The LROC WAC 100 m/pixel monochrome mosaic shows the entire Crater Mendeleev (313 km in diameter). The white box marks the location of Catena Mendeleev [NASA/GSFC/Arizona State University].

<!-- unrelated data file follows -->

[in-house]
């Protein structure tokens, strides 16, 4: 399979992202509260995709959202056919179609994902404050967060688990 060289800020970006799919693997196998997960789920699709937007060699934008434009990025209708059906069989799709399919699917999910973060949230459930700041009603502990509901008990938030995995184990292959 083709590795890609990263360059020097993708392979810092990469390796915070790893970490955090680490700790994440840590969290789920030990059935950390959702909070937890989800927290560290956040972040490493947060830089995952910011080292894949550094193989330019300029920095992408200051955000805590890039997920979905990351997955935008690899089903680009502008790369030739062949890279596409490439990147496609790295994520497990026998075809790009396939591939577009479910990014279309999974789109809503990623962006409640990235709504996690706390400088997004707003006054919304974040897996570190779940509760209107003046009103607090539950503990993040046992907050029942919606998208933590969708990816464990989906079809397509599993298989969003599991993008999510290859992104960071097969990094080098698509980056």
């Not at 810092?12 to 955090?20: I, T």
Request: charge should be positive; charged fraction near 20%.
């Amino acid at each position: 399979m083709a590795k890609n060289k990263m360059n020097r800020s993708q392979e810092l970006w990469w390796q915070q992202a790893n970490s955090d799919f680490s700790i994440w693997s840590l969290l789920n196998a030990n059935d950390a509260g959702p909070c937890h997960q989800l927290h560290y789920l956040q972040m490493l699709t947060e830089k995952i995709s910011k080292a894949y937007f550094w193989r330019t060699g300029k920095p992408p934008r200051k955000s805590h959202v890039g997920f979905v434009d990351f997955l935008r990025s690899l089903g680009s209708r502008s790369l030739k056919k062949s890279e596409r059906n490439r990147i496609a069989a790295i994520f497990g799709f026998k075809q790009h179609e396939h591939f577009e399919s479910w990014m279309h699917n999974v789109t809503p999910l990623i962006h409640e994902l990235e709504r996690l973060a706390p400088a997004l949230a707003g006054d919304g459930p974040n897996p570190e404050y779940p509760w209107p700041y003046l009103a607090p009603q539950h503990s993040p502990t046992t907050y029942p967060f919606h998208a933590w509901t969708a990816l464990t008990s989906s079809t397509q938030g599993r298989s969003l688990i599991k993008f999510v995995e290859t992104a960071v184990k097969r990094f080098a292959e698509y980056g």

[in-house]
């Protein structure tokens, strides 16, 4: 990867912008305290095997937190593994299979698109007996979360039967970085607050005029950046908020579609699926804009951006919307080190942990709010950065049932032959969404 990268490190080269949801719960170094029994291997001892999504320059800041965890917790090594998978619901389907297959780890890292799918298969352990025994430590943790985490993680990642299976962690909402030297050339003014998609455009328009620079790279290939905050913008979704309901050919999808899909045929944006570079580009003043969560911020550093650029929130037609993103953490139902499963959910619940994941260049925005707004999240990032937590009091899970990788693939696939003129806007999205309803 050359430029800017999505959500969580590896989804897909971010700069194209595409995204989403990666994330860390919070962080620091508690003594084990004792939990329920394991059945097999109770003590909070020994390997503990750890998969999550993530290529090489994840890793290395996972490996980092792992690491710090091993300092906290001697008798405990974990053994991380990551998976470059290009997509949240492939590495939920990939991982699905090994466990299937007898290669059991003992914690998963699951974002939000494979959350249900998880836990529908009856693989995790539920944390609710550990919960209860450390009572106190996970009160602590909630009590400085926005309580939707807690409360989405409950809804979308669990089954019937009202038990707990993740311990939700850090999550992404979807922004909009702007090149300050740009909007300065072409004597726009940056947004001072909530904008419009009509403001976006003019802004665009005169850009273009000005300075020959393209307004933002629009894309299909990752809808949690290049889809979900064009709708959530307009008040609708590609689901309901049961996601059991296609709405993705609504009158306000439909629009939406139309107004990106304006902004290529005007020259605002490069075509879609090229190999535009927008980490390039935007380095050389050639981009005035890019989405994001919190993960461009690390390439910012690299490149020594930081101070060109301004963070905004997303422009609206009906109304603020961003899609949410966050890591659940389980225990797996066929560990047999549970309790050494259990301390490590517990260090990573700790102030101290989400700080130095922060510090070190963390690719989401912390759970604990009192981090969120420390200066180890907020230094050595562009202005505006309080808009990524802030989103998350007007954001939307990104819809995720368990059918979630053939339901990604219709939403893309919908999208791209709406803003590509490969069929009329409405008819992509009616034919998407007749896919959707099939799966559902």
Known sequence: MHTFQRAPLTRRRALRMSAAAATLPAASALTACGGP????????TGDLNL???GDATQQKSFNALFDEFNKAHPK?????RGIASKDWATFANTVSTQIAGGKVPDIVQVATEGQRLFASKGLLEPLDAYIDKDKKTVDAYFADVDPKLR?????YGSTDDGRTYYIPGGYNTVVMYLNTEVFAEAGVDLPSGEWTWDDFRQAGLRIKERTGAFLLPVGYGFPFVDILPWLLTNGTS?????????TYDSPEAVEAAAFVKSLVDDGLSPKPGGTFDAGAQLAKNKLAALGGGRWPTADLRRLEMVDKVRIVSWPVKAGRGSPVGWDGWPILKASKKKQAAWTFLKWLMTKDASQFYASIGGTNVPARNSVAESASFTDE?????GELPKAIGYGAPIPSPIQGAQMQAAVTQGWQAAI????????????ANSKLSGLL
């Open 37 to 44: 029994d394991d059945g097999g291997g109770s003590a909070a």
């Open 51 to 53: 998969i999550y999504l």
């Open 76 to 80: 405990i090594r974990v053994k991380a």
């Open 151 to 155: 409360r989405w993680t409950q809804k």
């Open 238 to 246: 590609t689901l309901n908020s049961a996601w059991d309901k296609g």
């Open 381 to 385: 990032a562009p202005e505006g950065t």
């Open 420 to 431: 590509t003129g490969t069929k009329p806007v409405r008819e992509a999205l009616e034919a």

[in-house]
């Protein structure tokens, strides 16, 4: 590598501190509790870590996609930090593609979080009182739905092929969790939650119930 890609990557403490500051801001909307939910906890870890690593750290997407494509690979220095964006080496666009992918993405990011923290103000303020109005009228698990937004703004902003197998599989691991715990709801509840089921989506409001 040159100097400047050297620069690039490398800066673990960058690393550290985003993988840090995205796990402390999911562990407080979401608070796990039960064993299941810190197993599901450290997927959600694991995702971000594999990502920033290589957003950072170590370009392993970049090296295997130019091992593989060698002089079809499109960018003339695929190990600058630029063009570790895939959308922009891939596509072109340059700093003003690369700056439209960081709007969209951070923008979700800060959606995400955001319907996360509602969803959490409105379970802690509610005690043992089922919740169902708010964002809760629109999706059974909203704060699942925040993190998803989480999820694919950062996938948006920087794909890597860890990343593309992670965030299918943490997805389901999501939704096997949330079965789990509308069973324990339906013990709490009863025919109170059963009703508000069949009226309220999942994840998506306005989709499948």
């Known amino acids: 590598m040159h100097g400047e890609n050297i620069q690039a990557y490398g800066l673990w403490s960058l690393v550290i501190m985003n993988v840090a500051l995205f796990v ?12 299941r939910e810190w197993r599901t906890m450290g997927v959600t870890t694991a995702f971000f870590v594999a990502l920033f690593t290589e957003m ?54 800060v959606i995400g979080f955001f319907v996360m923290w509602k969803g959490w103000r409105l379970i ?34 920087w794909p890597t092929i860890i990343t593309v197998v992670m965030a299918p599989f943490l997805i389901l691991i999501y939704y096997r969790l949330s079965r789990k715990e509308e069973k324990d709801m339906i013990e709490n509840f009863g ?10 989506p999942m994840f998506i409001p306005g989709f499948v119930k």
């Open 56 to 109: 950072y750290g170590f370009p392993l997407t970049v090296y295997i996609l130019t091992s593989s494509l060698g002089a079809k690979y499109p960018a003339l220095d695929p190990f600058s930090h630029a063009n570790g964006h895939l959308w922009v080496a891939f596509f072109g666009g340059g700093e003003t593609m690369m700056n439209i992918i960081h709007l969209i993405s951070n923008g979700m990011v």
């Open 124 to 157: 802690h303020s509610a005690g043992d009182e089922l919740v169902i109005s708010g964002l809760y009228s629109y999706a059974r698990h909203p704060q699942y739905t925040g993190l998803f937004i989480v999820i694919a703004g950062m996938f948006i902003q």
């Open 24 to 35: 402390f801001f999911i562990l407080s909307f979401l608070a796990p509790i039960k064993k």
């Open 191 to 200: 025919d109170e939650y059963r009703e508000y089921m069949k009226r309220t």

Mendeleev crater (named after Dimitri Mendeleev, the inventor of the periodic table of elements) is a very large, Nectarian-age crater on the lunar farside (5.7°N, 140.9°E). Approximately 313 kilometers in diameter, it is almost large enough to be a small basin. The interior contains many younger craters, including Catena Mendeleev, but also features a very smooth floor filled in with a light plains material. In general, this material is characterized by its smooth surface and intermediate albedo (brighter than basaltic mare material, but not as bright as highlands material). Light plains are found elsewhere on the Moon, most notably in the Cayley formation, the Apollo 16 landing site. Light plains are usually thought to be emplaced as large scale grounding flows of ejecta from large basin forming impacts. However details of this formation mechanism are still not well understood.